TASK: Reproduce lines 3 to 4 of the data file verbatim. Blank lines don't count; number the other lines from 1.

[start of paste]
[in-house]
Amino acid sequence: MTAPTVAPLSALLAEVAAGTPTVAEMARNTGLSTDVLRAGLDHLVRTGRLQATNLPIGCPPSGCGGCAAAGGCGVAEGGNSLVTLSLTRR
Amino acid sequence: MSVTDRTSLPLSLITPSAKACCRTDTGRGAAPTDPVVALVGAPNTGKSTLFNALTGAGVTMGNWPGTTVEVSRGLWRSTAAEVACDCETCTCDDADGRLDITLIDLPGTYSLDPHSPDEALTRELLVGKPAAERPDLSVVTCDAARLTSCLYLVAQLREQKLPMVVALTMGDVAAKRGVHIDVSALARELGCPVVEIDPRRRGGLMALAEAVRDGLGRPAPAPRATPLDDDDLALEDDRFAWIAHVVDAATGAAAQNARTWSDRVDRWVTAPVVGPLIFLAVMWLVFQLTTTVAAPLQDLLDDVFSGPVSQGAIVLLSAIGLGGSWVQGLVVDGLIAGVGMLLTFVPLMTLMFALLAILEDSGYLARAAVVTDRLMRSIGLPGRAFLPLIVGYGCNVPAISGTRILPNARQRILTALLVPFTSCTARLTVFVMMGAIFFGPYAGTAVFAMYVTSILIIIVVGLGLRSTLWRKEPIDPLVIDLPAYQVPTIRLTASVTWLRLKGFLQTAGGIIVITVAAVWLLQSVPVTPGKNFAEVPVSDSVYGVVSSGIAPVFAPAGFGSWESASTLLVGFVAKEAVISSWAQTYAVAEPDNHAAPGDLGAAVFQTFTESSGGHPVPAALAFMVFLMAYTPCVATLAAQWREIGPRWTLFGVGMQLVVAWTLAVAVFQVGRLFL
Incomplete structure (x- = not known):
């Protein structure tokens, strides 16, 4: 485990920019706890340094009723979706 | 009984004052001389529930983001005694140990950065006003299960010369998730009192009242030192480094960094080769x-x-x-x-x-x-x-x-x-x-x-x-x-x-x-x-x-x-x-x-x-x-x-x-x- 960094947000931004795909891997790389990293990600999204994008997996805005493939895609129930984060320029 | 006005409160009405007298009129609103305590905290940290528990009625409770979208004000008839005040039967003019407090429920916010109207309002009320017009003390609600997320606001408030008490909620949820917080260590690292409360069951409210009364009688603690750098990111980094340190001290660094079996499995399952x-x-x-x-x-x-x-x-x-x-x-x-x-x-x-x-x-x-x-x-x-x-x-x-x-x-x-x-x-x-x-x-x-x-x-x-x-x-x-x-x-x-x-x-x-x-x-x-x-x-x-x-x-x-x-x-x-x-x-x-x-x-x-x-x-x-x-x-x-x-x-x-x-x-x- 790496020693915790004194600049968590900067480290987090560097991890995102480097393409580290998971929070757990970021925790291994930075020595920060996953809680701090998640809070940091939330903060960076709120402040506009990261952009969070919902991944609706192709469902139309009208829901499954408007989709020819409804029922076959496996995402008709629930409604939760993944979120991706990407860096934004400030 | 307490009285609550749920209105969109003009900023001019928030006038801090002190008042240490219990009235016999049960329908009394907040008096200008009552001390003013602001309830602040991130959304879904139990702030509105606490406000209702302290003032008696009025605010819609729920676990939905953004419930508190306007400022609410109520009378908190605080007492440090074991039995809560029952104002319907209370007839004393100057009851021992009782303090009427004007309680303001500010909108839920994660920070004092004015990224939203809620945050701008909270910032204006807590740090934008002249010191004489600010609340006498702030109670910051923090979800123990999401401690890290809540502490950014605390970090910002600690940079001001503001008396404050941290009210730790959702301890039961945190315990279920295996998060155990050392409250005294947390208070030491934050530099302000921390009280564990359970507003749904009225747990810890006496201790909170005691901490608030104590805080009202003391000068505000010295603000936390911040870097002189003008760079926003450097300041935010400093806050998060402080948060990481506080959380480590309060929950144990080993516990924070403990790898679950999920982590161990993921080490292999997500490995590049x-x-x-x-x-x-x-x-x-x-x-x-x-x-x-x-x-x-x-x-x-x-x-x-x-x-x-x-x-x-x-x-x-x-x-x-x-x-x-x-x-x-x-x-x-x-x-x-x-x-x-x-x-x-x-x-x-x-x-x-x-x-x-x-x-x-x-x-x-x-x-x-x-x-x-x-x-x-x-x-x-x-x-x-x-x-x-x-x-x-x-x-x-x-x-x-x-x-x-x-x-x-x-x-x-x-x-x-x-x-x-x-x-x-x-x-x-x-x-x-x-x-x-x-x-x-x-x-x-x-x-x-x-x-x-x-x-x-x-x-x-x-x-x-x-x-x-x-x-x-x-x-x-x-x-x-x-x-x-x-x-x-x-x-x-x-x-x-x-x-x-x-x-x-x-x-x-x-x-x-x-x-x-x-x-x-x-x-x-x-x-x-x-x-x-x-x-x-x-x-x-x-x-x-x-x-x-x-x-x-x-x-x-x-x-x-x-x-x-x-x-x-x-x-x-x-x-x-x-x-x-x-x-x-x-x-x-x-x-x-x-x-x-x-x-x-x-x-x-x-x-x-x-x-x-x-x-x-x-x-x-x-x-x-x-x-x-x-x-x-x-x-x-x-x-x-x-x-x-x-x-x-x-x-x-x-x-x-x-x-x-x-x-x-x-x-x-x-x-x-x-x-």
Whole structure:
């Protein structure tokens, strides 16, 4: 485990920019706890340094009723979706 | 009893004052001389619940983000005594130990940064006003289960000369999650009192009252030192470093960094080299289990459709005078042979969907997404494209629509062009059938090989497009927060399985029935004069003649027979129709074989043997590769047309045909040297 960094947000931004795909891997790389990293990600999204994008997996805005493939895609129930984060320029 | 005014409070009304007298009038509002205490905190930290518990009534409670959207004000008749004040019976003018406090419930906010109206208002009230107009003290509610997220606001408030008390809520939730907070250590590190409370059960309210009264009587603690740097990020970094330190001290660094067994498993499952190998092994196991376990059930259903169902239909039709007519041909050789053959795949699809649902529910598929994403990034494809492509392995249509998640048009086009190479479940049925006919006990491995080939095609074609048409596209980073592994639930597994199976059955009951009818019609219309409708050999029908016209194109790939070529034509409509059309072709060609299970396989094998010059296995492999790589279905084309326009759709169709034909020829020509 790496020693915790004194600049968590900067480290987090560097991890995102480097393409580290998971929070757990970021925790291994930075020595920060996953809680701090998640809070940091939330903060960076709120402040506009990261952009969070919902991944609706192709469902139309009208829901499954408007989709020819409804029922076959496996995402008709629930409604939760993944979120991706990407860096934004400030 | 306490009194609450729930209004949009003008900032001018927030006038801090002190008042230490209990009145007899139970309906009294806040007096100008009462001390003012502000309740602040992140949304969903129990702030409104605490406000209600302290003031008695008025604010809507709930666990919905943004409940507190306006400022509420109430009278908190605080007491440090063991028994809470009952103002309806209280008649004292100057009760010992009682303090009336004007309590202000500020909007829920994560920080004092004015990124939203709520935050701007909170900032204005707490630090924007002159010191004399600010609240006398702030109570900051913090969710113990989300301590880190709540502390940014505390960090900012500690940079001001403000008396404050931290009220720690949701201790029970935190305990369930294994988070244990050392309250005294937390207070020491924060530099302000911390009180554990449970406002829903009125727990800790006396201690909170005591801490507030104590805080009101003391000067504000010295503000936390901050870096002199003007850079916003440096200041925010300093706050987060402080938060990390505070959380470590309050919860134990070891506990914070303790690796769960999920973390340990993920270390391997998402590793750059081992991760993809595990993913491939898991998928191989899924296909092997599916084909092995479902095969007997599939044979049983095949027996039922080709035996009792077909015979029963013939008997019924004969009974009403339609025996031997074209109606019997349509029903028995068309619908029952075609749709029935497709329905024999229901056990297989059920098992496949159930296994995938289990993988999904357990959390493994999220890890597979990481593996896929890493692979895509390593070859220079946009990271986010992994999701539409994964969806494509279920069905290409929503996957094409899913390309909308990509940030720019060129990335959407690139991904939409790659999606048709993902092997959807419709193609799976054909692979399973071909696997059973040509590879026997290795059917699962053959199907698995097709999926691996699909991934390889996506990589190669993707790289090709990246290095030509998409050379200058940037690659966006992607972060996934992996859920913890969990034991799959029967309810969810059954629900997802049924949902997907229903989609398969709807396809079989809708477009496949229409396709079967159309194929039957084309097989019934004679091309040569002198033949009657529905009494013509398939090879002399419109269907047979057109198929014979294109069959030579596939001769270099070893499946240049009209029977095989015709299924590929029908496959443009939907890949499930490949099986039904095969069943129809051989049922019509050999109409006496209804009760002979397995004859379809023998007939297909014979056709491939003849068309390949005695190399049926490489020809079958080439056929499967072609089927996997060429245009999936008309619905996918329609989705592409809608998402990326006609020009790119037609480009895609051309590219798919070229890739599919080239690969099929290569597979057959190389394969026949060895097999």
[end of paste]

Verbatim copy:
Amino acid sequence: MSVTDRTSLPLSLITPSAKACCRTDTGRGAAPTDPVVALVGAPNTGKSTLFNALTGAGVTMGNWPGTTVEVSRGLWRSTAAEVACDCETCTCDDADGRLDITLIDLPGTYSLDPHSPDEALTRELLVGKPAAERPDLSVVTCDAARLTSCLYLVAQLREQKLPMVVALTMGDVAAKRGVHIDVSALARELGCPVVEIDPRRRGGLMALAEAVRDGLGRPAPAPRATPLDDDDLALEDDRFAWIAHVVDAATGAAAQNARTWSDRVDRWVTAPVVGPLIFLAVMWLVFQLTTTVAAPLQDLLDDVFSGPVSQGAIVLLSAIGLGGSWVQGLVVDGLIAGVGMLLTFVPLMTLMFALLAILEDSGYLARAAVVTDRLMRSIGLPGRAFLPLIVGYGCNVPAISGTRILPNARQRILTALLVPFTSCTARLTVFVMMGAIFFGPYAGTAVFAMYVTSILIIIVVGLGLRSTLWRKEPIDPLVIDLPAYQVPTIRLTASVTWLRLKGFLQTAGGIIVITVAAVWLLQSVPVTPGKNFAEVPVSDSVYGVVSSGIAPVFAPAGFGSWESASTLLVGFVAKEAVISSWAQTYAVAEPDNHAAPGDLGAAVFQTFTESSGGHPVPAALAFMVFLMAYTPCVATLAAQWREIGPRWTLFGVGMQLVVAWTLAVAVFQVGRLFL
Incomplete structure (x- = not known):